Note: This story has been updated to include the comparison of how much time different states allow for gathering signatures to place new amendments on the ballot.
The people who want to make it harder to amend Colorado’s Constitution claim it’s too easy to make changes to our governing document.
In a television ad airing across the state, former Colorado Attorney General John Suthers says our state constitution is “the easiest in America to amend.”
That’s a bold claim for the Raise the Bar campaign, and it’s an assertion that doesn’t hold up under scrutiny.
CLAIM: Colorado’s constitution is the easiest to amend in the country
The trouble with superlatives like best, easiest and worst is that they often hinge on someone’s opinion or a specific set of criteria.
The best pizza or football team in my opinion probably isn’t the best in your mind.
And that’s exactly the problem with this claim.
THE STATE WITH THE MOST AMENDMENTS
If you decided that the state with the easiest constitution to amend was the one with the most amendments, then your answer would be Alabama.
The Heart of Dixie State blows everyone else out of the water with 892 amendments to its constitution.
Colorado is actually in the middle of the pack when it comes to the number of amendments.
The Centennial State has made 152 changes and the national average is 115.
MOST TIME TO COLLECT SIGNATURES
One way to make it harder to amend the constitution is to shorten the window of time in which petitioners can gather signatures.
By this measure, Arkansas and Ohio are among the easiest states because they have no time limit on gathering signatures. Supporters can spend years if they want to. Petitioners just need to submit signatures by a set deadline in each state.
Many states give petitioners one year to collect signatures. Colorado is on the shorter side. We give petitioners 6 months.
But the Centennial State doesn’t have the shortest window, Oklahoma gives its residences 90 days.
THE STATE WITH THE MOST WAYS TO AMEND
If you decided the state with the easiest constitution to amend was the one with the most ways to bring an amendment up for consideration, then your answer would be Florida.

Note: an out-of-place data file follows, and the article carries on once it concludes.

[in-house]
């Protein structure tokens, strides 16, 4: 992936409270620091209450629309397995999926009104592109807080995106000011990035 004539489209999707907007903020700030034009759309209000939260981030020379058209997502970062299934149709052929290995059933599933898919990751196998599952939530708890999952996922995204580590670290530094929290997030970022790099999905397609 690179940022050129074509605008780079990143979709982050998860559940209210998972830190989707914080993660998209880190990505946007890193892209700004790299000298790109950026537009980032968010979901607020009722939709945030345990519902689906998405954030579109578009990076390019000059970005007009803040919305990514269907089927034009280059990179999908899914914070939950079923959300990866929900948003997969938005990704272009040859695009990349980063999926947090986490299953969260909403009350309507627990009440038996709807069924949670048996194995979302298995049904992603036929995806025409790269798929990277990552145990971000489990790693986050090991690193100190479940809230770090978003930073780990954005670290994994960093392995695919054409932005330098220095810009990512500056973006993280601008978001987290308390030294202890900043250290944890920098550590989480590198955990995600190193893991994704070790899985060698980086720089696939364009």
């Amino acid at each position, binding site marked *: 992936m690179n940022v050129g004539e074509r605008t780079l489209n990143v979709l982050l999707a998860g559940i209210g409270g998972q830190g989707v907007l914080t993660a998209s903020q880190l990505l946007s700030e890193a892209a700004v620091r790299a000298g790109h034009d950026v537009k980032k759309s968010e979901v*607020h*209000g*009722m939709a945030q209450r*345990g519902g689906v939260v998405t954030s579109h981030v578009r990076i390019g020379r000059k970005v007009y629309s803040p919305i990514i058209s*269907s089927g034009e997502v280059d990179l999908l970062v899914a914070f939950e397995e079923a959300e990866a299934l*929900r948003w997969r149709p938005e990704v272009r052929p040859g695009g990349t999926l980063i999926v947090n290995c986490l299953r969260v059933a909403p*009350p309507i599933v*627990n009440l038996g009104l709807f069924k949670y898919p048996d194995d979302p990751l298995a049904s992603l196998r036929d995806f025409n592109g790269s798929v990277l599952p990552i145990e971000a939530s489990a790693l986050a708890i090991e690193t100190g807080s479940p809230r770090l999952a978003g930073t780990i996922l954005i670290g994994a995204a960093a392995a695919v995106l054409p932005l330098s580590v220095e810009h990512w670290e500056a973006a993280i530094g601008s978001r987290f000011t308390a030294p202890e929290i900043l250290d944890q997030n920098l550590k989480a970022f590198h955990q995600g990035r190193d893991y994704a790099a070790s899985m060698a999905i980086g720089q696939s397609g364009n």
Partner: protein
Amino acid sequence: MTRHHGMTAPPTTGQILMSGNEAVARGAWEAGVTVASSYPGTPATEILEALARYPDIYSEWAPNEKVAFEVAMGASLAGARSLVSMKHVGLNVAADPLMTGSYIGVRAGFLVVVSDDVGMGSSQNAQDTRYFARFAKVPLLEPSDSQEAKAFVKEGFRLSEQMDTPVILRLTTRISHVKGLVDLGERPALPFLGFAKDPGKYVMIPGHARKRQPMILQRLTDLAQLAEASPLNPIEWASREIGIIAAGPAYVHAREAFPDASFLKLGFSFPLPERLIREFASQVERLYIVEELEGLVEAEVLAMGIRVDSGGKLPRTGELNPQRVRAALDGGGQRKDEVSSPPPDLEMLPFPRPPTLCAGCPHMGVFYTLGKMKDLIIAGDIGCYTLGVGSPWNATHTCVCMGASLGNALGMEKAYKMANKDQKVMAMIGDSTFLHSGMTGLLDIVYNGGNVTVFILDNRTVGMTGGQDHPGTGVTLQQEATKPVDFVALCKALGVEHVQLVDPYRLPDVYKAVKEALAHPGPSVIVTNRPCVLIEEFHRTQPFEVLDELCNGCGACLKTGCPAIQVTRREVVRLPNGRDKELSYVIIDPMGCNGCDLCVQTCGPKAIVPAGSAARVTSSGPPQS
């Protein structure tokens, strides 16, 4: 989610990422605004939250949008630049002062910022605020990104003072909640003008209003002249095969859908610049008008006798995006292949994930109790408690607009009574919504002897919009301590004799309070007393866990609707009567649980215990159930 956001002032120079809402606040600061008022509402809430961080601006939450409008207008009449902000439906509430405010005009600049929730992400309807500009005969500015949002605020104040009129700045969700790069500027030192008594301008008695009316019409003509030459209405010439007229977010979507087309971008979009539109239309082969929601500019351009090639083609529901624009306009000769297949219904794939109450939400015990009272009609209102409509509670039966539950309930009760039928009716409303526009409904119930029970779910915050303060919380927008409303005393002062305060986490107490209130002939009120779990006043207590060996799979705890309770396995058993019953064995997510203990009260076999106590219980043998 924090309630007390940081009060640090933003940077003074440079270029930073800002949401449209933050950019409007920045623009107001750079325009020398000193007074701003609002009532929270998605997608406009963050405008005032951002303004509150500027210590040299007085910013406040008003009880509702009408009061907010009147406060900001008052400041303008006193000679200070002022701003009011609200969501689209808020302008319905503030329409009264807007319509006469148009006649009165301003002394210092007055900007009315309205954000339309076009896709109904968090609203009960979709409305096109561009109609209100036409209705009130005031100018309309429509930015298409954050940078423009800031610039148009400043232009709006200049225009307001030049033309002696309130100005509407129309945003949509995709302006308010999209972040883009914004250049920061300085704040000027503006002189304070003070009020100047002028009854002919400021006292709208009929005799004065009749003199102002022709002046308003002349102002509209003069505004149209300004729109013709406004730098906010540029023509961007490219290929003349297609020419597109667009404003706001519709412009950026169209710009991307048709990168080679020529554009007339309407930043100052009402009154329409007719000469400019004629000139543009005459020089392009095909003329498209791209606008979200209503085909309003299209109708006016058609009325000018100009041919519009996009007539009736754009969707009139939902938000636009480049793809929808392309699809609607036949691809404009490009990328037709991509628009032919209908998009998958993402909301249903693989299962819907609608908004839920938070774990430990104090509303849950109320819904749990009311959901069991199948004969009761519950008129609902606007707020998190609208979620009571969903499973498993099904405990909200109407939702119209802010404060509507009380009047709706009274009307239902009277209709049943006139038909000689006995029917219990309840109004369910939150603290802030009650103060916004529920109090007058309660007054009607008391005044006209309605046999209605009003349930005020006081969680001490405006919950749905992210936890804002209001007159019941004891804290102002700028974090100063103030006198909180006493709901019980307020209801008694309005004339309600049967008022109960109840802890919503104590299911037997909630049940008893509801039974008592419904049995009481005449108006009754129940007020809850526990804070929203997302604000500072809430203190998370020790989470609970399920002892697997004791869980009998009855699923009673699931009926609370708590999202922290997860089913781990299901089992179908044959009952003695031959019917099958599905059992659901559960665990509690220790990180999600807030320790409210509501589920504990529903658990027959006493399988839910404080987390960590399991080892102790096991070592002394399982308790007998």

The Sunshine State not only has an initiative and referendum process like Colorado, but it also requires its government to meet every 20 years for something called the Florida Constitution Revision Commission. The commission gets together and recommends amendments that get sent to the voters on a statewide ballot.
The Florida Taxation and Budget Reform Commission – which is the only one of its kind in the U.S. – also meets every 20 years and recommends amendments.
And Floridians can vote for a constitutional convention whenever they want.
HOW BIG OF A MAJORITY?
If you think the state with the easiest constitution to amend is the one that asks the least number of people to vote for an amendment, then Colorado sits with dozens of other states that require a simple majority.
It’s worth noting that Colorado lawmakers have a tougher time referring measures to the ballot than their counterparts. Arkansas, for example, requires a simple majority to send a legislative referral while Colorado lawmakers need two-thirds of each chamber.
HOW MANY SIGNATURES?
If you think a state constitution is the easiest to amend because it requires the smallest relative number of signatures to get on the ballot, then your answer would be Colorado.
We ask petitioners to gather signatures from registered voters that total five percent of the total number of votes cast in the most recent election for Secretary of State.
Other states use the governor’s race or presidential race where more people tend to vote, and they often require a higher percentage like eight or 10.
Amendment 71 wouldn’t change the number of signatures a campaign needs, but it would change where those signatures have to come from.
Petitioners would have to go to each of the state’s 35 senate districts and collect signatures from 2 percent of their population.
And once a question makes it to the ballot, campaigns would have to convince 55 percent of voters to support their cause rather than the current simple majority required.
BOTTOM LINE: Colorado’s Constitution is among the easier to amend in the country, but it doesn’t stand out as the easiest. You can find states with significantly more amendments and more avenues to pass amendments than Colorado has.